Reconstruction of the atrophic maxilla for dental implant placement has many unique considerations. There are several methods available to augment the atrophic maxilla. Of these, autogenous bone grafting offers a well-proven predictable method for ridge augmentation and defect repair for dental implant placement. There are several advantages of using autogenous bone grafts. This article primarily focuses on the use of autogenous onlay bone grafts to reconstruct the atrophic maxilla.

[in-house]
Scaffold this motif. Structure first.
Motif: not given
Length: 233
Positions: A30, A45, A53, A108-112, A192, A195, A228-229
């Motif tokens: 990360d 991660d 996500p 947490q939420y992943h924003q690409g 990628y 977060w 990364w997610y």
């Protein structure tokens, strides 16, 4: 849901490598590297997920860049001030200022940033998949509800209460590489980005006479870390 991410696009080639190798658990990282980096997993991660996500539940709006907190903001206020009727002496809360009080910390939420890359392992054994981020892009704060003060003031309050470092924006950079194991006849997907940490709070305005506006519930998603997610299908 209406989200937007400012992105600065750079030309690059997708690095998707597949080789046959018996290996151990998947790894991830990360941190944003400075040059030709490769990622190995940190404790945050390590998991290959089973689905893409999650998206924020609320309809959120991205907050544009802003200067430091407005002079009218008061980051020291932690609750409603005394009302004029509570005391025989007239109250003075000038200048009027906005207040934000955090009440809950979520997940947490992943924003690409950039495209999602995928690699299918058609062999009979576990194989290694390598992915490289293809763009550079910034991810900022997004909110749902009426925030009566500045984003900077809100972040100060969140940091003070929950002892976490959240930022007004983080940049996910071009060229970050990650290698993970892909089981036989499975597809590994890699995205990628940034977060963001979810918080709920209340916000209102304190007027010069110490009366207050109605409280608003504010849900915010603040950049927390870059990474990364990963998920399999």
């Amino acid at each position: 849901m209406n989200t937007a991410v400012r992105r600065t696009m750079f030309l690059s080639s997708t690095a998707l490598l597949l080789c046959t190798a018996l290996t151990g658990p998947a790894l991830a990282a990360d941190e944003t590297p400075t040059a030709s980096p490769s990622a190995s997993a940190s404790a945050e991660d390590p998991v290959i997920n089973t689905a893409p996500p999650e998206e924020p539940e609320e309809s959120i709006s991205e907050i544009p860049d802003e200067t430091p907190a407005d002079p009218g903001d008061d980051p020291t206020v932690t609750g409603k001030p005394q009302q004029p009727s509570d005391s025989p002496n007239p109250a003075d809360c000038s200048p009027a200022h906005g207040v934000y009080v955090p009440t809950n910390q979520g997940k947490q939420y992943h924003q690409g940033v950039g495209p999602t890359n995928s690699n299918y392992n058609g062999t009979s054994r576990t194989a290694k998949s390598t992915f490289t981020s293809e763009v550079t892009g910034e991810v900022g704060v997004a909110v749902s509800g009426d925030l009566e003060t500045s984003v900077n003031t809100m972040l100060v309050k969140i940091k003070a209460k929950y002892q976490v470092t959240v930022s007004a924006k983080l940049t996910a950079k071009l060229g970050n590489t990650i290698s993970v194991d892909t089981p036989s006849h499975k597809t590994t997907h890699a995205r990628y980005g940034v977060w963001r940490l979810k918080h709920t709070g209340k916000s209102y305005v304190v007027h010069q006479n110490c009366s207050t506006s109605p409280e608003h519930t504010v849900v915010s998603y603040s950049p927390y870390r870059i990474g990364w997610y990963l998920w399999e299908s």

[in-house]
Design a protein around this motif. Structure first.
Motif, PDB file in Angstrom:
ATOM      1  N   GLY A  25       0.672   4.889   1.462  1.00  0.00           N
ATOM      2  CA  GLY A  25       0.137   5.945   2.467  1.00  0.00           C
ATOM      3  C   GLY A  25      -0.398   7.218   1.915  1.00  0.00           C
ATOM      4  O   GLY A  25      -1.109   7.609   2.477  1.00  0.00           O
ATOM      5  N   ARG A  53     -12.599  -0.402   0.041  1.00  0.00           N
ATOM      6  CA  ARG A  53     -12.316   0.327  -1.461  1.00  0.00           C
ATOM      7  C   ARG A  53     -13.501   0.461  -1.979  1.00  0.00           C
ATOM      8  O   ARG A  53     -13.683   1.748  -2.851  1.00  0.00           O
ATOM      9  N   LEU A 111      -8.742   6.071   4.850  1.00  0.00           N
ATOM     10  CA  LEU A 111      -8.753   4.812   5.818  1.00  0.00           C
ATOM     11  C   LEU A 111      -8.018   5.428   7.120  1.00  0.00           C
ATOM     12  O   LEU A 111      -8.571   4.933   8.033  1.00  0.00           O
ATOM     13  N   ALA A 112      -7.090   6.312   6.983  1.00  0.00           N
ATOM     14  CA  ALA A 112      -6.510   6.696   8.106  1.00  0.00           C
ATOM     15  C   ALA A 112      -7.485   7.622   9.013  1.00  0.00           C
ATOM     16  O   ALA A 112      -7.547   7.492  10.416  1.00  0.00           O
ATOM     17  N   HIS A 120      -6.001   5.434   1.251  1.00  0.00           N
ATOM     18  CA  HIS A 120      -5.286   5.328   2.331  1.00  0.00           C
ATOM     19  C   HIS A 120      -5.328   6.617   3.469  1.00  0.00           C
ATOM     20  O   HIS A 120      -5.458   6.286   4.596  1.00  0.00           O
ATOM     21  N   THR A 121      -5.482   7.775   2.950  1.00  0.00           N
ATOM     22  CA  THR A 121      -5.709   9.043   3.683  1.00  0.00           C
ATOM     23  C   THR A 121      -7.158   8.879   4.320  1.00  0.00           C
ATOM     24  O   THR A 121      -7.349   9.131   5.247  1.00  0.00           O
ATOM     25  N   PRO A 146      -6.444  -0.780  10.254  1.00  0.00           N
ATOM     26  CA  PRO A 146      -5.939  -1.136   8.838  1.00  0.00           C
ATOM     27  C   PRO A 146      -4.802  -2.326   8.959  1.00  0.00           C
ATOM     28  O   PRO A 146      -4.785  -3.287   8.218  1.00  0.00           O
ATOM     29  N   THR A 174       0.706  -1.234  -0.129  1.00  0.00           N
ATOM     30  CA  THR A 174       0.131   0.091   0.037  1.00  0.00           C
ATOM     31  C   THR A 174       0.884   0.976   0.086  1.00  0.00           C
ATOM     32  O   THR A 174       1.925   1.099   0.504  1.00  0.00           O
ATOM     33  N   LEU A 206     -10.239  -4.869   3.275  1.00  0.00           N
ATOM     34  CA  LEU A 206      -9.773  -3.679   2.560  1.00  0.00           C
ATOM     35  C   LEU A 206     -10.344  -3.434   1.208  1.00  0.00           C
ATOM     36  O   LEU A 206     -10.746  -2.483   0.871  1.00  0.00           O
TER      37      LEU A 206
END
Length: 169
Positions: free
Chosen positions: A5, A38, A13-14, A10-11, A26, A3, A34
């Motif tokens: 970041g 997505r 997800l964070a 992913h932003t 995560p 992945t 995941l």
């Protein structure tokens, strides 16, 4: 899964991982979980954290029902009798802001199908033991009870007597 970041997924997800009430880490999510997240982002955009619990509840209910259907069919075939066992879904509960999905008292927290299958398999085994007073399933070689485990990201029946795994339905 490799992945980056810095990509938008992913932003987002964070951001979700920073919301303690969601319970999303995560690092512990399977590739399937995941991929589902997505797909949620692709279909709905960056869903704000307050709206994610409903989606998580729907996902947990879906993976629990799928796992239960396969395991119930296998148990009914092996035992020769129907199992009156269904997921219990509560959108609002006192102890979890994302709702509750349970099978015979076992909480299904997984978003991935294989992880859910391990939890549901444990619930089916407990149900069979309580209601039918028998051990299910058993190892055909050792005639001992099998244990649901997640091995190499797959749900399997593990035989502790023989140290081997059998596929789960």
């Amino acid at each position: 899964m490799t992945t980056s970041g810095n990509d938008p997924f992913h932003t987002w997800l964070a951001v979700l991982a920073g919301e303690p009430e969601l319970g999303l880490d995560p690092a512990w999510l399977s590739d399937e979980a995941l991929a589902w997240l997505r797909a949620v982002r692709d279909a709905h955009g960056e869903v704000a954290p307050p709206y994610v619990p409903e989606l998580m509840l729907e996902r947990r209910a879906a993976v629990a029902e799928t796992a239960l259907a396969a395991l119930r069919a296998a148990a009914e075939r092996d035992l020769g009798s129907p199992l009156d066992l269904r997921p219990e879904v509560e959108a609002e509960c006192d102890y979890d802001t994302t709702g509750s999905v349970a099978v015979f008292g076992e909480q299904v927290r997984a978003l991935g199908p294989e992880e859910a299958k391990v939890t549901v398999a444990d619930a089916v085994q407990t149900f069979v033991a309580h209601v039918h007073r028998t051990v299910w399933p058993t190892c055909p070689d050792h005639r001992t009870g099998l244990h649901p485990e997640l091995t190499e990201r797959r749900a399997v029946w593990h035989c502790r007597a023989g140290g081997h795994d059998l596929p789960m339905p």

Reconstruction of the atrophic maxilla for dental implant placement has many unique considerations ( Figs. 1–20 ). After tooth extraction, the greatest loss of bone in the maxilla occurs facially. Horizontal bone resorption can approach 50% of the ridge width at 12 months. The use of a soft tissue borne–prosthesis causes continued medial resorption and loss of vertical bone height. As a result, the atrophic residual ridge may be significantly palatal to the prosthetic tooth position. Efforts to reconstruct the atrophic maxilla to its original form usually require buccal bone augmentation. The surgeon must also contend with the maxillary sinuses and nasal cavity as anatomic limitations that may need bone grafting. The maxillary bone is often less dense than the mandible, especially in the posterior regions below the sinuses. Aesthetic zone reconstruction in the partially edentulous anterior maxilla can be especially challenging when a high lip line exposes gingiva.